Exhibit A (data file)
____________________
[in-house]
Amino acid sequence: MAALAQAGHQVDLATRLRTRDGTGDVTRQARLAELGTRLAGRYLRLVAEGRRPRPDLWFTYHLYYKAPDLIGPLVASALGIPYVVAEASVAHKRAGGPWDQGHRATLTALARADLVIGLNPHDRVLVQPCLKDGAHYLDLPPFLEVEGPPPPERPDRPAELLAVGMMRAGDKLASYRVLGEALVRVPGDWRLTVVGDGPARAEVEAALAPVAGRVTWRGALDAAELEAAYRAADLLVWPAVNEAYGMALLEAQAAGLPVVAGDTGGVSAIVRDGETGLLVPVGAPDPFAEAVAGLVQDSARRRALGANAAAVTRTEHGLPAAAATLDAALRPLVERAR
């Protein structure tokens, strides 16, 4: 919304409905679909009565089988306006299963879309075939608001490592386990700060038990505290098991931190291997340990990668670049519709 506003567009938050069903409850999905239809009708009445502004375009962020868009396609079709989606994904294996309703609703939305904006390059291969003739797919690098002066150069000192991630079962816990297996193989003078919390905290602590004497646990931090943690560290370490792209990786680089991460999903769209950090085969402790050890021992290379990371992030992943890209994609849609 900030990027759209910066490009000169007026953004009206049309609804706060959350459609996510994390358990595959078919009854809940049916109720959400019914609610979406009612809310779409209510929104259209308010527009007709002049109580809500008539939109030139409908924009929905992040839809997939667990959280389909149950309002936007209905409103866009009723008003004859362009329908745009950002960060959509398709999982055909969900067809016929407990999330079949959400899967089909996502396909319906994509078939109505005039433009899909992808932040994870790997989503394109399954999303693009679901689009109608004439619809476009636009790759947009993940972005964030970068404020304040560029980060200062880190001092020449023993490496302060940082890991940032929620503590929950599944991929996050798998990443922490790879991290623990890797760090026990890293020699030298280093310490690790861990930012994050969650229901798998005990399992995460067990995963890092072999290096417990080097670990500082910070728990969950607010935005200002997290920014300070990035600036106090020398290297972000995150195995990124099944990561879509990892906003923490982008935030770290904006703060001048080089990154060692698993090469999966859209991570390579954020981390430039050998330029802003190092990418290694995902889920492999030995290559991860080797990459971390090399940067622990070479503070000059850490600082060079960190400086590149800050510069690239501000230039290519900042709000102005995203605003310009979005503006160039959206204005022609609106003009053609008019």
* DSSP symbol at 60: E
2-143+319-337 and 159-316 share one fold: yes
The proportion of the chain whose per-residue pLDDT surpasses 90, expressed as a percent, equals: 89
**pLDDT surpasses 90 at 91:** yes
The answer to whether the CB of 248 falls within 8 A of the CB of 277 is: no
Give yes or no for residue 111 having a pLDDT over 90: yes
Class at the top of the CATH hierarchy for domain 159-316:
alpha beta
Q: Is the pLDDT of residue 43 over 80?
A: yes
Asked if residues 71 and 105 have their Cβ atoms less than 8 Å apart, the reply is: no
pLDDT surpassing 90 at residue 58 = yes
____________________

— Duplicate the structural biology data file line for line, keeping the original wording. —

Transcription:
[in-house]
Amino acid sequence: MAALAQAGHQVDLATRLRTRDGTGDVTRQARLAELGTRLAGRYLRLVAEGRRPRPDLWFTYHLYYKAPDLIGPLVASALGIPYVVAEASVAHKRAGGPWDQGHRATLTALARADLVIGLNPHDRVLVQPCLKDGAHYLDLPPFLEVEGPPPPERPDRPAELLAVGMMRAGDKLASYRVLGEALVRVPGDWRLTVVGDGPARAEVEAALAPVAGRVTWRGALDAAELEAAYRAADLLVWPAVNEAYGMALLEAQAAGLPVVAGDTGGVSAIVRDGETGLLVPVGAPDPFAEAVAGLVQDSARRRALGANAAAVTRTEHGLPAAAATLDAALRPLVERAR
């Protein structure tokens, strides 16, 4: 919304409905679909009565089988306006299963879309075939608001490592386990700060038990505290098991931190291997340990990668670049519709 506003567009938050069903409850999905239809009708009445502004375009962020868009396609079709989606994904294996309703609703939305904006390059291969003739797919690098002066150069000192991630079962816990297996193989003078919390905290602590004497646990931090943690560290370490792209990786680089991460999903769209950090085969402790050890021992290379990371992030992943890209994609849609 900030990027759209910066490009000169007026953004009206049309609804706060959350459609996510994390358990595959078919009854809940049916109720959400019914609610979406009612809310779409209510929104259209308010527009007709002049109580809500008539939109030139409908924009929905992040839809997939667990959280389909149950309002936007209905409103866009009723008003004859362009329908745009950002960060959509398709999982055909969900067809016929407990999330079949959400899967089909996502396909319906994509078939109505005039433009899909992808932040994870790997989503394109399954999303693009679901689009109608004439619809476009636009790759947009993940972005964030970068404020304040560029980060200062880190001092020449023993490496302060940082890991940032929620503590929950599944991929996050798998990443922490790879991290623990890797760090026990890293020699030298280093310490690790861990930012994050969650229901798998005990399992995460067990995963890092072999290096417990080097670990500082910070728990969950607010935005200002997290920014300070990035600036106090020398290297972000995150195995990124099944990561879509990892906003923490982008935030770290904006703060001048080089990154060692698993090469999966859209991570390579954020981390430039050998330029802003190092990418290694995902889920492999030995290559991860080797990459971390090399940067622990070479503070000059850490600082060079960190400086590149800050510069690239501000230039290519900042709000102005995203605003310009979005503006160039959206204005022609609106003009053609008019």
* DSSP symbol at 60: E
2-143+319-337 and 159-316 share one fold: yes
The proportion of the chain whose per-residue pLDDT surpasses 90, expressed as a percent, equals: 89
**pLDDT surpasses 90 at 91:** yes
The answer to whether the CB of 248 falls within 8 A of the CB of 277 is: no
Give yes or no for residue 111 having a pLDDT over 90: yes
Class at the top of the CATH hierarchy for domain 159-316:
alpha beta
Q: Is the pLDDT of residue 43 over 80?
A: yes
Asked if residues 71 and 105 have their Cβ atoms less than 8 Å apart, the reply is: no
pLDDT surpassing 90 at residue 58 = yes